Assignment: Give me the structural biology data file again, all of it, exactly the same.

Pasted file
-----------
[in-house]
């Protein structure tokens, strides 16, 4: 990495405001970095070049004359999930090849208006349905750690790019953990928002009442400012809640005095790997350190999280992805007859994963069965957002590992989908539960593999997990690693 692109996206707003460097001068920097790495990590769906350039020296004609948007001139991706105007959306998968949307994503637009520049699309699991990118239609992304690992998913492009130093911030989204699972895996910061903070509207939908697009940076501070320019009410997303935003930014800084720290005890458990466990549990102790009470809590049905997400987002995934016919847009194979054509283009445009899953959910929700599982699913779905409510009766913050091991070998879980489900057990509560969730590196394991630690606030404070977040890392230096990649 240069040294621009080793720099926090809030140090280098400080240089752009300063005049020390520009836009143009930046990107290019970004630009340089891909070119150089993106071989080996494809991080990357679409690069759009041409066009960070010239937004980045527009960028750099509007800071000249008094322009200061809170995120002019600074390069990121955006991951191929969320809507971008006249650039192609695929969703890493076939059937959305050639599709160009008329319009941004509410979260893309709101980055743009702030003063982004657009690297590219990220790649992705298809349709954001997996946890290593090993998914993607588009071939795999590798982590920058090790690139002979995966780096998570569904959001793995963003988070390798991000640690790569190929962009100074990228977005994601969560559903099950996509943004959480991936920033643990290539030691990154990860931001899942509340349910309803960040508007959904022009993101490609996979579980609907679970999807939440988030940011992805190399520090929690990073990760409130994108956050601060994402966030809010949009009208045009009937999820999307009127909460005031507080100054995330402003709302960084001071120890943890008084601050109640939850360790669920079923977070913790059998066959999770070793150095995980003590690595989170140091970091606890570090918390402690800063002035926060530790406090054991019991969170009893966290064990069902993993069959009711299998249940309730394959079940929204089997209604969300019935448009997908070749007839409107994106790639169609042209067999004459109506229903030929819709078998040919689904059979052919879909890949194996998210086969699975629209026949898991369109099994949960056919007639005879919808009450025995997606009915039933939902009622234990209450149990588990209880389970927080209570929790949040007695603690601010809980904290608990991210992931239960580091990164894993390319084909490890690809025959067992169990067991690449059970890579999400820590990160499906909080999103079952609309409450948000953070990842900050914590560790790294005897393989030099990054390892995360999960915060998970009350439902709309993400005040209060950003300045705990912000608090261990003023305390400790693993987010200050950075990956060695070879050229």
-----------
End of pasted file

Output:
[in-house]
């Protein structure tokens, strides 16, 4: 990495405001970095070049004359999930090849208006349905750690790019953990928002009442400012809640005095790997350190999280992805007859994963069965957002590992989908539960593999997990690693 692109996206707003460097001068920097790495990590769906350039020296004609948007001139991706105007959306998968949307994503637009520049699309699991990118239609992304690992998913492009130093911030989204699972895996910061903070509207939908697009940076501070320019009410997303935003930014800084720290005890458990466990549990102790009470809590049905997400987002995934016919847009194979054509283009445009899953959910929700599982699913779905409510009766913050091991070998879980489900057990509560969730590196394991630690606030404070977040890392230096990649 240069040294621009080793720099926090809030140090280098400080240089752009300063005049020390520009836009143009930046990107290019970004630009340089891909070119150089993106071989080996494809991080990357679409690069759009041409066009960070010239937004980045527009960028750099509007800071000249008094322009200061809170995120002019600074390069990121955006991951191929969320809507971008006249650039192609695929969703890493076939059937959305050639599709160009008329319009941004509410979260893309709101980055743009702030003063982004657009690297590219990220790649992705298809349709954001997996946890290593090993998914993607588009071939795999590798982590920058090790690139002979995966780096998570569904959001793995963003988070390798991000640690790569190929962009100074990228977005994601969560559903099950996509943004959480991936920033643990290539030691990154990860931001899942509340349910309803960040508007959904022009993101490609996979579980609907679970999807939440988030940011992805190399520090929690990073990760409130994108956050601060994402966030809010949009009208045009009937999820999307009127909460005031507080100054995330402003709302960084001071120890943890008084601050109640939850360790669920079923977070913790059998066959999770070793150095995980003590690595989170140091970091606890570090918390402690800063002035926060530790406090054991019991969170009893966290064990069902993993069959009711299998249940309730394959079940929204089997209604969300019935448009997908070749007839409107994106790639169609042209067999004459109506229903030929819709078998040919689904059979052919879909890949194996998210086969699975629209026949898991369109099994949960056919007639005879919808009450025995997606009915039933939902009622234990209450149990588990209880389970927080209570929790949040007695603690601010809980904290608990991210992931239960580091990164894993390319084909490890690809025959067992169990067991690449059970890579999400820590990160499906909080999103079952609309409450948000953070990842900050914590560790790294005897393989030099990054390892995360999960915060998970009350439902709309993400005040209060950003300045705990912000608090261990003023305390400790693993987010200050950075990956060695070879050229």